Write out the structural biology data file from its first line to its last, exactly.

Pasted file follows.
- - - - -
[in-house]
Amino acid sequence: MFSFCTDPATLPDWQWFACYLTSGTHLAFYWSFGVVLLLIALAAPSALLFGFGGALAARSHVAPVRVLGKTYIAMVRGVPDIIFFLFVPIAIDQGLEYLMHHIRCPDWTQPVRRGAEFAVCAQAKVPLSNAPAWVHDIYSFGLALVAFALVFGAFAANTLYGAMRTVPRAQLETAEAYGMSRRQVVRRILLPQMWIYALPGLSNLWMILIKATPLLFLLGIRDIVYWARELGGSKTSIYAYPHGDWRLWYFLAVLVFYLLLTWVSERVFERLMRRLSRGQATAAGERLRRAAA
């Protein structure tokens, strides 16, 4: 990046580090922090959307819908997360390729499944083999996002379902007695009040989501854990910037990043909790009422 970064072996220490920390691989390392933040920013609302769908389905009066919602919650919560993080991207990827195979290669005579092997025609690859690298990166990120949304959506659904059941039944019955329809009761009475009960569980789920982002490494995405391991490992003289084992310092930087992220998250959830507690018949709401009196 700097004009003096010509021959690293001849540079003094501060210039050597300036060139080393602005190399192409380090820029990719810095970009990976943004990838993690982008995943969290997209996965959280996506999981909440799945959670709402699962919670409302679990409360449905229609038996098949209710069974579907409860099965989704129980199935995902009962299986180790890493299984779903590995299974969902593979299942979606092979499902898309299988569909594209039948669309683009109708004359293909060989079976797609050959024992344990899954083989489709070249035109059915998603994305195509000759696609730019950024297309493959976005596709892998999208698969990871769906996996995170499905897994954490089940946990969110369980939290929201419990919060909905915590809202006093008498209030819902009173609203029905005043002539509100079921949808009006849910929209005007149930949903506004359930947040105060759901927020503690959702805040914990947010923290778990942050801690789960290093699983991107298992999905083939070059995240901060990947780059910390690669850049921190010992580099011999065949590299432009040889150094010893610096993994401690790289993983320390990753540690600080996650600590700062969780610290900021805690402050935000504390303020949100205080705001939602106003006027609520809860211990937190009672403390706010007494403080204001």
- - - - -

[in-house]
Amino acid sequence: MFSFCTDPATLPDWQWFACYLTSGTHLAFYWSFGVVLLLIALAAPSALLFGFGGALAARSHVAPVRVLGKTYIAMVRGVPDIIFFLFVPIAIDQGLEYLMHHIRCPDWTQPVRRGAEFAVCAQAKVPLSNAPAWVHDIYSFGLALVAFALVFGAFAANTLYGAMRTVPRAQLETAEAYGMSRRQVVRRILLPQMWIYALPGLSNLWMILIKATPLLFLLGIRDIVYWARELGGSKTSIYAYPHGDWRLWYFLAVLVFYLLLTWVSERVFERLMRRLSRGQATAAGERLRRAAA
């Protein structure tokens, strides 16, 4: 990046580090922090959307819908997360390729499944083999996002379902007695009040989501854990910037990043909790009422 970064072996220490920390691989390392933040920013609302769908389905009066919602919650919560993080991207990827195979290669005579092997025609690859690298990166990120949304959506659904059941039944019955329809009761009475009960569980789920982002490494995405391991490992003289084992310092930087992220998250959830507690018949709401009196 700097004009003096010509021959690293001849540079003094501060210039050597300036060139080393602005190399192409380090820029990719810095970009990976943004990838993690982008995943969290997209996965959280996506999981909440799945959670709402699962919670409302679990409360449905229609038996098949209710069974579907409860099965989704129980199935995902009962299986180790890493299984779903590995299974969902593979299942979606092979499902898309299988569909594209039948669309683009109708004359293909060989079976797609050959024992344990899954083989489709070249035109059915998603994305195509000759696609730019950024297309493959976005596709892998999208698969990871769906996996995170499905897994954490089940946990969110369980939290929201419990919060909905915590809202006093008498209030819902009173609203029905005043002539509100079921949808009006849910929209005007149930949903506004359930947040105060759901927020503690959702805040914990947010923290778990942050801690789960290093699983991107298992999905083939070059995240901060990947780059910390690669850049921190010992580099011999065949590299432009040889150094010893610096993994401690790289993983320390990753540690600080996650600590700062969780610290900021805690402050935000504390303020949100205080705001939602106003006027609520809860211990937190009672403390706010007494403080204001």